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PREMIERE: Experimental Trio Think Tank's 'Lid' Is a Genre-Hopping Free-Form Odyssey

Their trio's latest endeavor is an improvised, multi-genre audio/visual jam that combines 16mm film with 21 minutes of drone, noise, ambient, hardcore, and saxophone.

by Kim Kelly
Jul 1 2016, 6:07pm

Brooklyn trio Think Tank take the "experimental" part of their description seriously, as their last album, Servants, Animals, or Anything Else, made clear. Now, they're pushing the envelope even further with an ambitious, unique new piece, to be released by Head vs. Heart.

Their latest endeavor is Lid, an entirely improvised, multi-genre audio/visual odyssey that combines 16mm film with a 21-minute free-form jam incorporating cello, saxophone, guitars, drums, and vocals. The music flows from sleepy ambient drone into spacey free jazz, lonesome ambient, undulating post-rock, squealing noise, and a murderous cacophony that sees vocalist Josie Sedgwick shudder and howl over skronking, bass-heavy hardcore. It's a trip, and one not undertaken by the faint of heart.

We've got all 20-odd minutes of "Lid" on offer for you below; dive in.



The band also sent us a statemernt explaining what the hell is going on here.

"Lid needed to be created for our own sanity. Coming off a summer of rigid composition and performance without a real sense of how to let the music go, ​we started writing nothing and tearing down anything close to a formation of an idea. If you feel locked in, you pull away. Without structure ​we found room for more landscaped textures, focusing more on mood than articulate instrumentation. This opened up avenues of exploration to find new ways to work the sound out of the old tools. With this came the desire for more sounds and so we picked up other instruments.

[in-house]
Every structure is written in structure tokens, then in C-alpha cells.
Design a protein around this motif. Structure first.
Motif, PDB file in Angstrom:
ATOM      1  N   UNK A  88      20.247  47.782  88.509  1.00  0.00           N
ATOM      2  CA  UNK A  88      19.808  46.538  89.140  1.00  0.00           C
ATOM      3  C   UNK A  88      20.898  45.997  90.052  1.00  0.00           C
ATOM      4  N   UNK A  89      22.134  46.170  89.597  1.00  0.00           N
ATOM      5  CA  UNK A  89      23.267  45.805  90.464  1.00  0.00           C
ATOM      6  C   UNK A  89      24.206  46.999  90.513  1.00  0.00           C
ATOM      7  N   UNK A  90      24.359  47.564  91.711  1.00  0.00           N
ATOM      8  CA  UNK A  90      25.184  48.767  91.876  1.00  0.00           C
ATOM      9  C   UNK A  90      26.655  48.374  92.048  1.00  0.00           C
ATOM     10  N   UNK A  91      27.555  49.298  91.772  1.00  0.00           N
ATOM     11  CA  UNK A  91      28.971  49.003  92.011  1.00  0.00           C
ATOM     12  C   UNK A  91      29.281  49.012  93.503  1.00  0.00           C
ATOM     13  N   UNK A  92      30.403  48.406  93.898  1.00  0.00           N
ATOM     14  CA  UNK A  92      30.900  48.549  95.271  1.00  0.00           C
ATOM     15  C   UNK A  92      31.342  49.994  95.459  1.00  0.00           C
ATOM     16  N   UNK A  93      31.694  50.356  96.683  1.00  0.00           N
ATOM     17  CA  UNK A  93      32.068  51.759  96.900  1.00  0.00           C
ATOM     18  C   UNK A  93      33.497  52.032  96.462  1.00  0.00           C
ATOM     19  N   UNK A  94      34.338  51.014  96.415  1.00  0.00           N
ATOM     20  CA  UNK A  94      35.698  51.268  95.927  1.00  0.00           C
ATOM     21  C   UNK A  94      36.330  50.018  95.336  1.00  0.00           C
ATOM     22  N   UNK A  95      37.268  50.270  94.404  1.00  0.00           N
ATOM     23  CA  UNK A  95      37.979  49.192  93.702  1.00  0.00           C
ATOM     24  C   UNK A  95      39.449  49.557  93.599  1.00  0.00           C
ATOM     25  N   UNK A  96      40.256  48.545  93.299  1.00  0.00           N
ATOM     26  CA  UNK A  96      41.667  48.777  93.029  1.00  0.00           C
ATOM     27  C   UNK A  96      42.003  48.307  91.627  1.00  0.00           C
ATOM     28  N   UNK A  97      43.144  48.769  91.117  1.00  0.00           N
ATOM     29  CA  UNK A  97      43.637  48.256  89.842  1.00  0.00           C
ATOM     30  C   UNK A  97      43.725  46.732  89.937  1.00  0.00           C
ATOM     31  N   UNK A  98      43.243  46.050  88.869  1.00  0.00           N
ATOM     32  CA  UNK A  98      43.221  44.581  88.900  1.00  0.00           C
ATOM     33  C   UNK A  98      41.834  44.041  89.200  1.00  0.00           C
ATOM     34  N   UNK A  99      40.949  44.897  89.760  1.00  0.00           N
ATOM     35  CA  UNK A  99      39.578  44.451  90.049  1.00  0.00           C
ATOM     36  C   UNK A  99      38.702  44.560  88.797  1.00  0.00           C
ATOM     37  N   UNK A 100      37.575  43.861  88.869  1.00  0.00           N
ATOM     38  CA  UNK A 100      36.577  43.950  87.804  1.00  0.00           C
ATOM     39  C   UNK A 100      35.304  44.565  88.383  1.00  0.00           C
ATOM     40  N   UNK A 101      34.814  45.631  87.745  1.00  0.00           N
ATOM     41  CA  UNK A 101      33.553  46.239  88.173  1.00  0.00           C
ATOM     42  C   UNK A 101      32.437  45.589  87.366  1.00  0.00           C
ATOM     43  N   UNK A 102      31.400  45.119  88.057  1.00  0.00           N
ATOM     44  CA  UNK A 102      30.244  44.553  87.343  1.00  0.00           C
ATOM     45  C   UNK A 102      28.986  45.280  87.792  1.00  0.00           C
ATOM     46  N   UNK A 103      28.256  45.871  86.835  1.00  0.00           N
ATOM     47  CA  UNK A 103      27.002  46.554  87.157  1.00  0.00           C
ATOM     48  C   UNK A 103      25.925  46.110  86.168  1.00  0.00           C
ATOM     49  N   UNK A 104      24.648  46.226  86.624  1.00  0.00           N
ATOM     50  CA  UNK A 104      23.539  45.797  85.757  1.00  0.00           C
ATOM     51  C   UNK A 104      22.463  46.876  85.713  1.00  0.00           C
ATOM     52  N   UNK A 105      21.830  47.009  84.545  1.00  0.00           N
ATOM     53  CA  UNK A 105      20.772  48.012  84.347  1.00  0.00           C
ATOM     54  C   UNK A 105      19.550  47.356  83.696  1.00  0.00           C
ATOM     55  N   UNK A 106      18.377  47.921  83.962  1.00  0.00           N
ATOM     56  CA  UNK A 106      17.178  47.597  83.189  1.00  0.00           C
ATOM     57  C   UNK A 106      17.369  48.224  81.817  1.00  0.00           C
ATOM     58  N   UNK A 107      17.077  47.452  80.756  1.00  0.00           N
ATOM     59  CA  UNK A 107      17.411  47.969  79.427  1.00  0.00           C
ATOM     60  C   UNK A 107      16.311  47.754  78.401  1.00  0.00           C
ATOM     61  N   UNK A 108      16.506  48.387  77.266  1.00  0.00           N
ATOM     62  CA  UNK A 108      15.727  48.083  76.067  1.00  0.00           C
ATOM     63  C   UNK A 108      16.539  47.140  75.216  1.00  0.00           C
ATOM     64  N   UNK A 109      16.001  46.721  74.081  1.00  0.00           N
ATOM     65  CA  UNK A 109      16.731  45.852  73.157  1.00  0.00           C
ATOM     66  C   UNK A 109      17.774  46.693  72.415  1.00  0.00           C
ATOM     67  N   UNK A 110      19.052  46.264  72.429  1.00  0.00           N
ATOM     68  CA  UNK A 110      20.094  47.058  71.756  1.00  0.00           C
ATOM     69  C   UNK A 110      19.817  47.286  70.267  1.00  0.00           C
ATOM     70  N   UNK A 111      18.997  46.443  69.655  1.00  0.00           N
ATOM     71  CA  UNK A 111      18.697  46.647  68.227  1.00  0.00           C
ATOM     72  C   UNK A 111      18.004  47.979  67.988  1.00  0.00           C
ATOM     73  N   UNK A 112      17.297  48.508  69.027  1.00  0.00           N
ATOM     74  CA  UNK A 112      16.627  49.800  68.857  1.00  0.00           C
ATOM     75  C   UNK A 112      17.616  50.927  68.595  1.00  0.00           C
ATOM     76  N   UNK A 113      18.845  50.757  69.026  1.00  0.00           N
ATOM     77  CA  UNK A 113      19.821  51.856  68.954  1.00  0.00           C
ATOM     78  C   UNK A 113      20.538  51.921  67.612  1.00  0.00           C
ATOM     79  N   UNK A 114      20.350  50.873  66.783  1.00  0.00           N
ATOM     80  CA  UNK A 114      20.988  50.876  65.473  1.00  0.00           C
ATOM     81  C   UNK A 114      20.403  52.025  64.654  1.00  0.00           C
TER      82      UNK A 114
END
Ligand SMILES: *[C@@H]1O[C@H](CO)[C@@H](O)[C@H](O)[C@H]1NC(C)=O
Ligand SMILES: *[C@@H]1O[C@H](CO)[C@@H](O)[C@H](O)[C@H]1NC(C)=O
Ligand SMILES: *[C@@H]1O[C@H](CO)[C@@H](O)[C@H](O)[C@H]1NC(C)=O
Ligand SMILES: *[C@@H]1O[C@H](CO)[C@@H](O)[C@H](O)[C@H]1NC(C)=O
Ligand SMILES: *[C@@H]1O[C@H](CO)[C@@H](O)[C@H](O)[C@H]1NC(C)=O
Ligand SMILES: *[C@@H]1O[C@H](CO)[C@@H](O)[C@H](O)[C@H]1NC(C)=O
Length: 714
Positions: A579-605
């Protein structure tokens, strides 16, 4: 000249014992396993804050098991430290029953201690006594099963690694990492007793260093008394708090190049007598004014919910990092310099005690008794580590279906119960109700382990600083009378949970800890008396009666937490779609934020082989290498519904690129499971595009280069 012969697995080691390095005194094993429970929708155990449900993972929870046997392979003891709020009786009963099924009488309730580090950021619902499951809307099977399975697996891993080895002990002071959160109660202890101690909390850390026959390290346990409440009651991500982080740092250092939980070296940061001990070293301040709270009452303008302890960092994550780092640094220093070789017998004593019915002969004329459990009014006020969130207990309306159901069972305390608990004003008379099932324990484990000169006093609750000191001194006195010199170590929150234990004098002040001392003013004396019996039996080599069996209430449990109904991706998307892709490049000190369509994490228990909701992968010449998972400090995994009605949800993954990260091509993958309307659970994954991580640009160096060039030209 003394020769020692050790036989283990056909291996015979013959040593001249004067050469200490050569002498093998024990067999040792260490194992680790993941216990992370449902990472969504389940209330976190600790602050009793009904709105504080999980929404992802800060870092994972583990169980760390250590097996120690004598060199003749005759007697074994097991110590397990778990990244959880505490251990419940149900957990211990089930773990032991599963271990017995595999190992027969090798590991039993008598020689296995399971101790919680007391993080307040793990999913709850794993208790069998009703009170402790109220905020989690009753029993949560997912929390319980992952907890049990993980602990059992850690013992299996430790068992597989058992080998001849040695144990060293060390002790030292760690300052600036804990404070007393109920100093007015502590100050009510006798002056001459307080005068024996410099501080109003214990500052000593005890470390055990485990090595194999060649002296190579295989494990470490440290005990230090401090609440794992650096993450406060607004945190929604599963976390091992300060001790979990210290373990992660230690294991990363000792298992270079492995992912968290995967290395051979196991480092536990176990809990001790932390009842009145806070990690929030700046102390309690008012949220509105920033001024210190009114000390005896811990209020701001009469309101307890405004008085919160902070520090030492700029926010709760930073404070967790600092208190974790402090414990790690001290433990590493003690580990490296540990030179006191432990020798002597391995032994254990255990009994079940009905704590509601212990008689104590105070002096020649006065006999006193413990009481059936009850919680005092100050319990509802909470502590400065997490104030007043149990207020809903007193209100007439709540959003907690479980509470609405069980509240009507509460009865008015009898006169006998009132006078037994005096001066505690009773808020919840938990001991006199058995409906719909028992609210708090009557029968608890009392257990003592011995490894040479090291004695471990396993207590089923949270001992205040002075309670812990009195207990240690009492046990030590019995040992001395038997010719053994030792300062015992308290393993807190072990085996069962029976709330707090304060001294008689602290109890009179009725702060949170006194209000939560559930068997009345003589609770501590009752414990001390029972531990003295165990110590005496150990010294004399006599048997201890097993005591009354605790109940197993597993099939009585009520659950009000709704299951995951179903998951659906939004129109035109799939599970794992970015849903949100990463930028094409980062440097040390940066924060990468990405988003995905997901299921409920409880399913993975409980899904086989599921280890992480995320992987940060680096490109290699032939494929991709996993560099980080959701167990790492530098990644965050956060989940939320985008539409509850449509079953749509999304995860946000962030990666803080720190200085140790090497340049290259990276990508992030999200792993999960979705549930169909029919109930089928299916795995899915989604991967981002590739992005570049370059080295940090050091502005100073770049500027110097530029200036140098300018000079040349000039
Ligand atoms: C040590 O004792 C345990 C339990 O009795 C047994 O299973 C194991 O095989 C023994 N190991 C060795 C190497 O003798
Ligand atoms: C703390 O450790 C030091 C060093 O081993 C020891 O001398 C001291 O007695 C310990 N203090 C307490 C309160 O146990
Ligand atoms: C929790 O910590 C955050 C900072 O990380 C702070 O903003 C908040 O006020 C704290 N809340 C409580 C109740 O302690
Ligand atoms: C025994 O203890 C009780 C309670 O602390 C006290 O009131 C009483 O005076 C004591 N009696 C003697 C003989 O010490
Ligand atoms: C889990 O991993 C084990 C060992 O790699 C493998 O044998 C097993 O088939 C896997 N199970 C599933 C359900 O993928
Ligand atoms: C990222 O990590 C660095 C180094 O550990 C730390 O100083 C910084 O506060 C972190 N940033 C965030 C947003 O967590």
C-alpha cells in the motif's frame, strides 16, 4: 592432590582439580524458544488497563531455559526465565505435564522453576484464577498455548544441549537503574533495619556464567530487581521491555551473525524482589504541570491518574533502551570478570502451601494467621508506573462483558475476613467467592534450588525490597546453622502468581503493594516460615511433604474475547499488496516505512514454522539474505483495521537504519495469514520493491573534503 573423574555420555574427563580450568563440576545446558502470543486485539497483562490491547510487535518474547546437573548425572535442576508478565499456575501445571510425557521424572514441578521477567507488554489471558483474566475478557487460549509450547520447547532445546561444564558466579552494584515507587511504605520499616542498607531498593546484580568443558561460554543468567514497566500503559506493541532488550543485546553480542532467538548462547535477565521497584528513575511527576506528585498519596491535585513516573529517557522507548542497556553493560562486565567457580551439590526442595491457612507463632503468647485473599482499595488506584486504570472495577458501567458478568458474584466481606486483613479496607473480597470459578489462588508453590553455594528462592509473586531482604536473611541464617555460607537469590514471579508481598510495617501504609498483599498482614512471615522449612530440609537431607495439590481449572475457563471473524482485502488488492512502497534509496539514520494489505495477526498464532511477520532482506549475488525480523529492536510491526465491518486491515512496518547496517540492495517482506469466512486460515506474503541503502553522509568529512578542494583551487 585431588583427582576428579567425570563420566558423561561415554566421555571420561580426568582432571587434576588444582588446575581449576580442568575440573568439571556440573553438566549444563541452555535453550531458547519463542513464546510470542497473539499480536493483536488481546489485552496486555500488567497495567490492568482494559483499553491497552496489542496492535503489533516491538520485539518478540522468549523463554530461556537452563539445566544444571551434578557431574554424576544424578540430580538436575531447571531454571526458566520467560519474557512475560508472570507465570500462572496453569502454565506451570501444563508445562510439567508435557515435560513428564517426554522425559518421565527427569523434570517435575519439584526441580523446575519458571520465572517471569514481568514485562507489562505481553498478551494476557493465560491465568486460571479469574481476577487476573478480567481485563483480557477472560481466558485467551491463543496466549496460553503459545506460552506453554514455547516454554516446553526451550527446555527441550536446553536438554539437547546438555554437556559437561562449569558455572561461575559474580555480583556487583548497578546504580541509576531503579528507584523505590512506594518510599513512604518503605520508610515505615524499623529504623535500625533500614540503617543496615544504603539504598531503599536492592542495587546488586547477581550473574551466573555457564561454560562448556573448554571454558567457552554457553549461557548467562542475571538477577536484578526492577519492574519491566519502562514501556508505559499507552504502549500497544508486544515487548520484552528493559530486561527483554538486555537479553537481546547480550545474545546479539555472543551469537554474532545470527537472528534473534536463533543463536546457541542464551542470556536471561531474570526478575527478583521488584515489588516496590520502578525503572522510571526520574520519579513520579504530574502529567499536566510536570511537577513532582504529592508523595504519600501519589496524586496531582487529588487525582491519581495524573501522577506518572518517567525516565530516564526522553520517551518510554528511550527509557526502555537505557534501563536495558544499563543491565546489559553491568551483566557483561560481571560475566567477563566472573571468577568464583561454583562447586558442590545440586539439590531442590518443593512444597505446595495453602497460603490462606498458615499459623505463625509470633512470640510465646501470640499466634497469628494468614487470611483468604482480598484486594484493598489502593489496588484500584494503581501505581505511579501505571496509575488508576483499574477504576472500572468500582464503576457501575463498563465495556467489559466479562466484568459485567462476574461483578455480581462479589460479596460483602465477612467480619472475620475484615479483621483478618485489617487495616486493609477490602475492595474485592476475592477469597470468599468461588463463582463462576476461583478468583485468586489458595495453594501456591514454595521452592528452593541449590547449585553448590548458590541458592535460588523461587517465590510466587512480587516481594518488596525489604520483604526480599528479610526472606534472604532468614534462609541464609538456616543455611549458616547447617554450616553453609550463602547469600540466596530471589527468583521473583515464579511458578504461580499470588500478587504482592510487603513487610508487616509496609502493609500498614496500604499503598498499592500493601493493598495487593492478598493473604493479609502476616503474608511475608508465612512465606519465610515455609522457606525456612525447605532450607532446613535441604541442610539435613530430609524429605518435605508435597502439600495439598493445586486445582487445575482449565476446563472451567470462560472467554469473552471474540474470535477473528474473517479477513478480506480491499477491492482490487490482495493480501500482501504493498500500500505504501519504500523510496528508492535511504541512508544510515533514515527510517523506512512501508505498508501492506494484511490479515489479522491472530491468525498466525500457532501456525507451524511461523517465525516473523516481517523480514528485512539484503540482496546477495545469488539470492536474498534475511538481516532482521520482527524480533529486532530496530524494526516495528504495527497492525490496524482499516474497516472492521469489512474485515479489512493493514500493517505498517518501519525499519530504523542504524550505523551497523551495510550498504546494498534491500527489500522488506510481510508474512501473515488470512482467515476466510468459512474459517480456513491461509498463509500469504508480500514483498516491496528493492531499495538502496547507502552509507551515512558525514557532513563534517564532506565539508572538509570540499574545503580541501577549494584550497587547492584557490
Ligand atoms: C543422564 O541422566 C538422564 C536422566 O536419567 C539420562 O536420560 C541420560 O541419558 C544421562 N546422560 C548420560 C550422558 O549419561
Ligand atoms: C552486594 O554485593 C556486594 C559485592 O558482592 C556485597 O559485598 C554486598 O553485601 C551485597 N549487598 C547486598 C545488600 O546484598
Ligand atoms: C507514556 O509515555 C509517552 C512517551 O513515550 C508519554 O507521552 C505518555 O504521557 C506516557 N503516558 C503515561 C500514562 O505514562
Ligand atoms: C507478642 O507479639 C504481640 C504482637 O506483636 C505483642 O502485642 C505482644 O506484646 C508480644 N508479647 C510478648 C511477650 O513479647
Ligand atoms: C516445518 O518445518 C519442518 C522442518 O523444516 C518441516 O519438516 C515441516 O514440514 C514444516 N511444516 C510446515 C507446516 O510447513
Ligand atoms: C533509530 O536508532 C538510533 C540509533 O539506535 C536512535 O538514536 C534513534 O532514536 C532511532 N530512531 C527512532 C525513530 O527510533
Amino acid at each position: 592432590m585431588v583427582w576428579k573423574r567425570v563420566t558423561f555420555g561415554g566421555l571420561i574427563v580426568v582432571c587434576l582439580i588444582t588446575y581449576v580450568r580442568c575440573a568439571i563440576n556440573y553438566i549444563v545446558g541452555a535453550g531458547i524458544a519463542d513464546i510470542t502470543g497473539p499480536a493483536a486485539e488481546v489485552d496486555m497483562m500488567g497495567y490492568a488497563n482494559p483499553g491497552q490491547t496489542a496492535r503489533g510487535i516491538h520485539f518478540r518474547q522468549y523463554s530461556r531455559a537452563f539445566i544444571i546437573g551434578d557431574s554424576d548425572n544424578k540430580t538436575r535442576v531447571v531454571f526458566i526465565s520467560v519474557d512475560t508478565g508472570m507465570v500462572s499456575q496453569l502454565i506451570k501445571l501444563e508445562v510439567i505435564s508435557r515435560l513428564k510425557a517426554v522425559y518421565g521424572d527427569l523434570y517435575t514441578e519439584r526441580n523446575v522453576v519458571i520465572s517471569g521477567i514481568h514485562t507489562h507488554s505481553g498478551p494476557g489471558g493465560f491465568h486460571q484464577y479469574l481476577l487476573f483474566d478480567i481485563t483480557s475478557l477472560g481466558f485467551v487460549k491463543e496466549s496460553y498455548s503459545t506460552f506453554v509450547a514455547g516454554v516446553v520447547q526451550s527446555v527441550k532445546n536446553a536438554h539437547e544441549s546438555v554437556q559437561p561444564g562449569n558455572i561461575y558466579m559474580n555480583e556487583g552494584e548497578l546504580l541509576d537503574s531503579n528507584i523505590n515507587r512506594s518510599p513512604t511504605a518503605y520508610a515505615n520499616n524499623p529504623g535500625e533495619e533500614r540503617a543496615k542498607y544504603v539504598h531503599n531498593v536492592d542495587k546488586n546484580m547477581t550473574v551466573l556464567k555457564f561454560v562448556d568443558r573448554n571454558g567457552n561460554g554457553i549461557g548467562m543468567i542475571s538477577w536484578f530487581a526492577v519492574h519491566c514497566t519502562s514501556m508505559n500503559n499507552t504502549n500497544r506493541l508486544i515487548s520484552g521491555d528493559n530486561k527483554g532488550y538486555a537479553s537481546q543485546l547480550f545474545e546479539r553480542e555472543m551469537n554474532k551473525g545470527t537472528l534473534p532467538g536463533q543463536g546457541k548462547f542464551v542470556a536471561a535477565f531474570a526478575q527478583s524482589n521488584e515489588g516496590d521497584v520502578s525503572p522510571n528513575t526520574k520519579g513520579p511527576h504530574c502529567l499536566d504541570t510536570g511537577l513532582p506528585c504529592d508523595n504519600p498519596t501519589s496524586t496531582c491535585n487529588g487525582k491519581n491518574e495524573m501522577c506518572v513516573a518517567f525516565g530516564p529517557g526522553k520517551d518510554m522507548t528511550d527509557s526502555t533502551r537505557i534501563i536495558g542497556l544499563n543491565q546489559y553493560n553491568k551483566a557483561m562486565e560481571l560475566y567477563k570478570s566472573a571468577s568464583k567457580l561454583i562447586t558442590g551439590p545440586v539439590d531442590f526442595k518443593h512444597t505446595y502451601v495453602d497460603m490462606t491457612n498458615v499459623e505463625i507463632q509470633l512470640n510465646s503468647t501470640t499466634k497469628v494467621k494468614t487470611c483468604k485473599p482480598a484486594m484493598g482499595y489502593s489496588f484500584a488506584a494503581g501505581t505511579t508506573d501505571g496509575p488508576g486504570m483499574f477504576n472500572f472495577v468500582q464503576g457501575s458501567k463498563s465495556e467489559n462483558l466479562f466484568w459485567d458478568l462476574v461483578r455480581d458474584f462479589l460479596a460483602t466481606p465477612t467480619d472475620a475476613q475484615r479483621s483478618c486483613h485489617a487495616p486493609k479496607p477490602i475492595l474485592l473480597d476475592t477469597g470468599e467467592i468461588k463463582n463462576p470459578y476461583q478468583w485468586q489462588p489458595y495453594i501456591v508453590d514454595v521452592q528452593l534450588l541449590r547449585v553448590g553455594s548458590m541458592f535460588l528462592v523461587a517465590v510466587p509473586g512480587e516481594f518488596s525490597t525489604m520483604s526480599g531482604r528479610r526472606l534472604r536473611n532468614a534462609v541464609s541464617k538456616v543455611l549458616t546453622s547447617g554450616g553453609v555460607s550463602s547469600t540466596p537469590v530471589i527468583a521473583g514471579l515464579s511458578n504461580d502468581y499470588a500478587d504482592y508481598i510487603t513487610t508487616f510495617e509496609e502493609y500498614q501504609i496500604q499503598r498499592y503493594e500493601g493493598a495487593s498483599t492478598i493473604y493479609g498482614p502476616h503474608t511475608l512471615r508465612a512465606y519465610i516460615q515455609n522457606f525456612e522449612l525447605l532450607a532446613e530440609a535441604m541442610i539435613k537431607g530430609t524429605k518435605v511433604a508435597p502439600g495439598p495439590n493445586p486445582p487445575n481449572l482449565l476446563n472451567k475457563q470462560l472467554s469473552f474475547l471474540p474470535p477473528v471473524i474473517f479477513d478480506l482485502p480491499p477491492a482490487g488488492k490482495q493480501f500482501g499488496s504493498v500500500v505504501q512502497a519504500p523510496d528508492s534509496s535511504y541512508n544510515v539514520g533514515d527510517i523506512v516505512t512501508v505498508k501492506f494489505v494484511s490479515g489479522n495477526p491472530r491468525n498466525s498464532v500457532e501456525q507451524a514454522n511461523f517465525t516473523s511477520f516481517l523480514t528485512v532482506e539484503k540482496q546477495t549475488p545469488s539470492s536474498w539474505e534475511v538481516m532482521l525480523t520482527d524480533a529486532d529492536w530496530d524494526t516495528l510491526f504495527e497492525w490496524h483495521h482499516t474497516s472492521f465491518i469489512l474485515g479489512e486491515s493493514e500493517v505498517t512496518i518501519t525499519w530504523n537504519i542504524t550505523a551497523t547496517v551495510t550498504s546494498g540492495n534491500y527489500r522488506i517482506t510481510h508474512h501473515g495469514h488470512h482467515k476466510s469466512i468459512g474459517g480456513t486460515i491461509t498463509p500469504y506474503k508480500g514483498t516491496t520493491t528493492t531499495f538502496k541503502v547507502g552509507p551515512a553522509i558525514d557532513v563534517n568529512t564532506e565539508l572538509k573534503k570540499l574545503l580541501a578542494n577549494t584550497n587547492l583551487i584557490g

This is where ​our newest addition, Josie,​ enters. With little conversation she jumped in, and over the course of two weeks, we got out whatever nihilistic flailing we had left; preparation. Then we discussed a flow of moods and concepts, haphazardly scribbling them down, connecting them with arrows and placing what he had in the center of the room for us all to see. It was a map. We followed it, we got lost, found ourselves, and did it all over again. Lid is this exploration—instead of writing melodies and harmonies, we wrote destinations, and searched for the music between them. We embraced discovery.

In the heart of winter, 2016, we wrote-recorded-released-performed what is known as lid-0. We immediately moved on from the piece. But when Head vs. Heart approached us about being a part of a video series for their label, this gave us the opportunity to expand further. We've always desired a visual element, and with J's experience with film, a new style of improvisation opened up to us."